Forests for the good health of Fijians

Forests offer a range of ecosystems services that benefit people both directly (such as food) or indirectly (such as the regulation of our climate). Many generations of Fijians have always had a strong cultural connection with the forests. For many naturally rich communities in Fiji, forests provide food, clean water, building materials, herbal medicines and enables them to continue cultural practice. What is often not as well appreciated is that healthy forests provide multiple services people cannot do without, including watershed protection, erosion control, climate regulation (such as cooling, temperature, rainfall) at local, regional and continental scales.

Almost 50 percent of Fiji’s forests are known to be intact, and boast high biodiversity and endemism. And majority of these forests are owned by local communities with customary rights maintained through the mataqali (clans). However, the demand for forests and its resources are becoming intense and complex, and there is a lot of pressure to lease land for logging for timber or mining, and clear land for agriculture expansion. These increasing pressures on forests from human activities are affecting the health and sustainability of this crucial natural resource and the ecosystem services we are all dependent on. For example, studies by scientists on the multi-stakeholder project Watershed Intervention for Systems Health in Fiji (WISH Fiji) have shown that common practices such as land clearing, cutting down and burning excessive trees, poor agriculture and many other human activities contribute to greater sediments and nutrients entering waterways, which can devastatingly impact sources of drinking water, freshwater and coastal reef ecosystems on which local people depend for food, livelihood and culture. These activities further threaten the health of the people by influencing the transmission of common waterborne diseases such as Leptospirosis, Typhoid and Dengue Fever through contamination of water sources. Loss of trees, moreover, exacerbates the effects of climate change and leave communities more vulnerable to natural disasters such as cyclones, and associated flooding and landslides.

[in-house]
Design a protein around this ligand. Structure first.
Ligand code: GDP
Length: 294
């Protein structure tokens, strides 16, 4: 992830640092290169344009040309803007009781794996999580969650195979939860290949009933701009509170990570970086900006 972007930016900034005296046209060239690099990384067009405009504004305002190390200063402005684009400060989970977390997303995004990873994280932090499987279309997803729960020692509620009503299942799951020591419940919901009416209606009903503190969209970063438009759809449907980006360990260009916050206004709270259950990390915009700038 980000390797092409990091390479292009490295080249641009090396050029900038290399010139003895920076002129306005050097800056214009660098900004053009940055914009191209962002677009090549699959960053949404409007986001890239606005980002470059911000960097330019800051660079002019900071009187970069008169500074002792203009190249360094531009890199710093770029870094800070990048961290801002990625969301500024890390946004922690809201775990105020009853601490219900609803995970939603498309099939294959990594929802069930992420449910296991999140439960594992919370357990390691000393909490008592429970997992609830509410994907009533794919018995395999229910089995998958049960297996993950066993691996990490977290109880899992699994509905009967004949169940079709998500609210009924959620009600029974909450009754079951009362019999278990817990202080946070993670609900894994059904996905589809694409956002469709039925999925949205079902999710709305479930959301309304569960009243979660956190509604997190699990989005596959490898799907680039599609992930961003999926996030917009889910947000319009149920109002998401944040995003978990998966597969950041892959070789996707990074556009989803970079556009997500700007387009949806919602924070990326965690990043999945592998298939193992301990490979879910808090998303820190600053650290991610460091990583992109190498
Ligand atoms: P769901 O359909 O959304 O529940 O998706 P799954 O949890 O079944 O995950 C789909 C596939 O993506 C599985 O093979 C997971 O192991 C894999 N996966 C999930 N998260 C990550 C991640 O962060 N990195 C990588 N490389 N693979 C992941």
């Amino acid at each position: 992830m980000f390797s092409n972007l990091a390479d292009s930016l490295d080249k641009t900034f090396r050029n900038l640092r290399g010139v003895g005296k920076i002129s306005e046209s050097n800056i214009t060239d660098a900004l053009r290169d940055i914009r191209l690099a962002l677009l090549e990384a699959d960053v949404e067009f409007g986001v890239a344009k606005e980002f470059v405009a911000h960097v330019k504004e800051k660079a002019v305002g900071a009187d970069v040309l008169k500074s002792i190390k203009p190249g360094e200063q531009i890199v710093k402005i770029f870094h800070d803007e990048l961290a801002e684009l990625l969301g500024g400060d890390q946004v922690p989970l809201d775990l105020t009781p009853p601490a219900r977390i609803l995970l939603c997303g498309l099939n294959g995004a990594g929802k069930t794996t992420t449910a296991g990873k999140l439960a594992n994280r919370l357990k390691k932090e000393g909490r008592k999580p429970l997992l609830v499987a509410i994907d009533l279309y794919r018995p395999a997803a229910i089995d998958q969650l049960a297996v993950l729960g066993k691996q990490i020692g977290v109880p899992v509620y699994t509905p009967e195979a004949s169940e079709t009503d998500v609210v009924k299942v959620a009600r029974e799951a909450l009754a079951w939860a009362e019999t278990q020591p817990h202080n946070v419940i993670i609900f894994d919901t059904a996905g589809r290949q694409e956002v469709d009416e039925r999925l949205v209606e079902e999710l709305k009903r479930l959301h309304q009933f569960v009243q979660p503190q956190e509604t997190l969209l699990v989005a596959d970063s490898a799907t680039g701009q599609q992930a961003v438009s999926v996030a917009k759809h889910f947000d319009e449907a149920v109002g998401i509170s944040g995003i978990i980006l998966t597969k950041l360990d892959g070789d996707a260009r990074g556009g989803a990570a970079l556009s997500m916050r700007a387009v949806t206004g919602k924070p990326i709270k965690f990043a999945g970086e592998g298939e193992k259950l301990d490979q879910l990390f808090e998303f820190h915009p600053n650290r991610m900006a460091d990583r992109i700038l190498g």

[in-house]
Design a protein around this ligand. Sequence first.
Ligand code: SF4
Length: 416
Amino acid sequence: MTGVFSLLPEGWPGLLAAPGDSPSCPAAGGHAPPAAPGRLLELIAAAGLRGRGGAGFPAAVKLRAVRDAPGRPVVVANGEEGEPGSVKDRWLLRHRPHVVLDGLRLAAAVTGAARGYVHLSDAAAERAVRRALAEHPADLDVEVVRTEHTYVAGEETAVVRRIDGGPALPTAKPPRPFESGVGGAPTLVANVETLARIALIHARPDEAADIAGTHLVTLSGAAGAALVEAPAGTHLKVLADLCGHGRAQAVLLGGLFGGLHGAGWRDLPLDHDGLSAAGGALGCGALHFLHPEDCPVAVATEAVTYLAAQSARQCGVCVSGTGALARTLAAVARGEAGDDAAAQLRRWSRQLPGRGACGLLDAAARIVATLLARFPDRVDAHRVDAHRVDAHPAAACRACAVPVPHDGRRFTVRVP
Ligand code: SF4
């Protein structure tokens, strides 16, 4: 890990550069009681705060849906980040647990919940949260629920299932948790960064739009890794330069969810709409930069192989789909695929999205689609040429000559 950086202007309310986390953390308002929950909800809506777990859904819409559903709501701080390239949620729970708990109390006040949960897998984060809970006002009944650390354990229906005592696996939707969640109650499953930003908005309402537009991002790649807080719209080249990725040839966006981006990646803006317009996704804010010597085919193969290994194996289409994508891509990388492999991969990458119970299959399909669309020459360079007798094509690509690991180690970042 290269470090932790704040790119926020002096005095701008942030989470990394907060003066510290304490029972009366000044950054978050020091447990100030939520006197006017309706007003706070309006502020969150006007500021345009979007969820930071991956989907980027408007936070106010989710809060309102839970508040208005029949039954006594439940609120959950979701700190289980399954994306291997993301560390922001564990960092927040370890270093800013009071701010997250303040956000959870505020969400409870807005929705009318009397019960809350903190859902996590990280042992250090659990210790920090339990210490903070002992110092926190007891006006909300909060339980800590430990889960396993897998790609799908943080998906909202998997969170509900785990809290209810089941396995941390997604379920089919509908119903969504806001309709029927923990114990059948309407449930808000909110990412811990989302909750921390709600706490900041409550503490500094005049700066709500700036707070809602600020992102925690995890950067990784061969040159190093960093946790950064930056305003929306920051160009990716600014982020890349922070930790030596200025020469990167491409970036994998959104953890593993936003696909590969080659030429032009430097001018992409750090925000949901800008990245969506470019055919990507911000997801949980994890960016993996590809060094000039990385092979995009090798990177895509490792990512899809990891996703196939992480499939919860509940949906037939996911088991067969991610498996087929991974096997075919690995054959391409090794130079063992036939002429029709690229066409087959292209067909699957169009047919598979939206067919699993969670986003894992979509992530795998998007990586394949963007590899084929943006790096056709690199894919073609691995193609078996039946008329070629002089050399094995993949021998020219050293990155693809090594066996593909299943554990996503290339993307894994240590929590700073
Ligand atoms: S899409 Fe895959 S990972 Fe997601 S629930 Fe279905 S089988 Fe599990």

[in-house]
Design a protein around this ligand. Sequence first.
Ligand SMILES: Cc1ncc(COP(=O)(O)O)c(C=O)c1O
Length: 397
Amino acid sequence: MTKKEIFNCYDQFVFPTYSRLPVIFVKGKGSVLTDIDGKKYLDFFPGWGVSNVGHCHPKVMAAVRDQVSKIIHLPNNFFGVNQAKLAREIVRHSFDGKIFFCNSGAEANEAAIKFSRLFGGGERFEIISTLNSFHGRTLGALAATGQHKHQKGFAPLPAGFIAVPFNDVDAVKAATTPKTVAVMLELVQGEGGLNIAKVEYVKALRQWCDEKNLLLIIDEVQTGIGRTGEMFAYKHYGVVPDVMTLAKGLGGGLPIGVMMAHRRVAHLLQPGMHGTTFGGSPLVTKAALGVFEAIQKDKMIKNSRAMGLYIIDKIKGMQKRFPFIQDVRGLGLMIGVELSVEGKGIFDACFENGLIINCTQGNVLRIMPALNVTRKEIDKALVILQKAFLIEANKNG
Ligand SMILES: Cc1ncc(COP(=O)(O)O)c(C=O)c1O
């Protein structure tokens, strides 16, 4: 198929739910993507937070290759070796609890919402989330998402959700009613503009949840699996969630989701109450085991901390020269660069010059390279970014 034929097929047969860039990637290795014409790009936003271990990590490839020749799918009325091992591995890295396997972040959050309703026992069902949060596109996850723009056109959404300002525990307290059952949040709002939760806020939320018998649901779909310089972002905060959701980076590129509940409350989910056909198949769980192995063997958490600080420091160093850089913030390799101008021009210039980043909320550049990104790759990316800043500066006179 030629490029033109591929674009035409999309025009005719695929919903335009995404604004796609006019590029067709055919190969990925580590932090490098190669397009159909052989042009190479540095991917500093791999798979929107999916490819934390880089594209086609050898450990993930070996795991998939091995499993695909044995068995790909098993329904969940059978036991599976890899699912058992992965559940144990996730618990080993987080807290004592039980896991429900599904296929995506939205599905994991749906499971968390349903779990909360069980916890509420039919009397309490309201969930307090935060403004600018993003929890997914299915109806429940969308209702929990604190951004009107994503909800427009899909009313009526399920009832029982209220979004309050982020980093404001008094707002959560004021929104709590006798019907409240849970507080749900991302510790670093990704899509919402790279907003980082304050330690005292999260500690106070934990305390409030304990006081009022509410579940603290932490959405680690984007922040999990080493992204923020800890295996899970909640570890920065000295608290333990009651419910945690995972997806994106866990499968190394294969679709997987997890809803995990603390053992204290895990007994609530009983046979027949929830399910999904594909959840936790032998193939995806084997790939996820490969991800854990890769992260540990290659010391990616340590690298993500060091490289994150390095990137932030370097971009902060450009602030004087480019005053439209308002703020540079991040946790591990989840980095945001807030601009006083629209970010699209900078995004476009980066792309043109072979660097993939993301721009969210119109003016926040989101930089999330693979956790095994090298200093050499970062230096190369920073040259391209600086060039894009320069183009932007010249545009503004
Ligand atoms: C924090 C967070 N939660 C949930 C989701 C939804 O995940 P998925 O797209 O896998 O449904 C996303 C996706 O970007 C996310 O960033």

We need to step back and rethink the way we manage and use our forests, and the consequences of overexploitation without limits. But it is not all bleak. For almost two decades, the Wildlife Conservation Society has been working together with the communities, government, and partners to identify and implement sustainable forest management practices to support local livelihoods while maintaining other ecosystem services that comes from healthy and functional forests. Many communities have been active stewards of their forests, taking initiative on their own to both protect and wisely use their forest resources.

For example, mataqali Nadicake in Kilaka Village, Kubulau District (Bua Province), worked with WCS to secure a 99-year conservation lease over 402 ha of their native forest. The forest was also listed as a national priority by the national Protected Areas Committee under the Ministry of Environment. The lease which was brokered through the iTaukei Land Trust Board, offers an alternate source of income to logging and mining for the land owners, and more closely matches with the aspirations of the mataqali and this resource they want to protect for future generations. Together, the communities and WCS have developed a management plan for the forest, that sits under a broader Kubulau District Ecosystem-based Management Plan, to protect the forest biodiversity and drinking water sources that are critical for the community. The Kilaka Forest Conservation Area is monitored by horse by two community forest wardens trained by the Ministry of Forestry.

While the Kilaka Forest Conservation Area, and other successful stories like the Sovi Basin Conservation Area and Emalu Forest have made valuable contributions to protecting Fiji’s forest biodiversity and the ecosystems they provide, these and others still fall short of the 17 percent forest commitment our country made under the Convention on the Biological Diversity. The question is as Fiji deals with a global pandemic and the economic downturn, will forests be seen as a resource critical to our health and wellbeing, or simply wood to be chopped down and sold?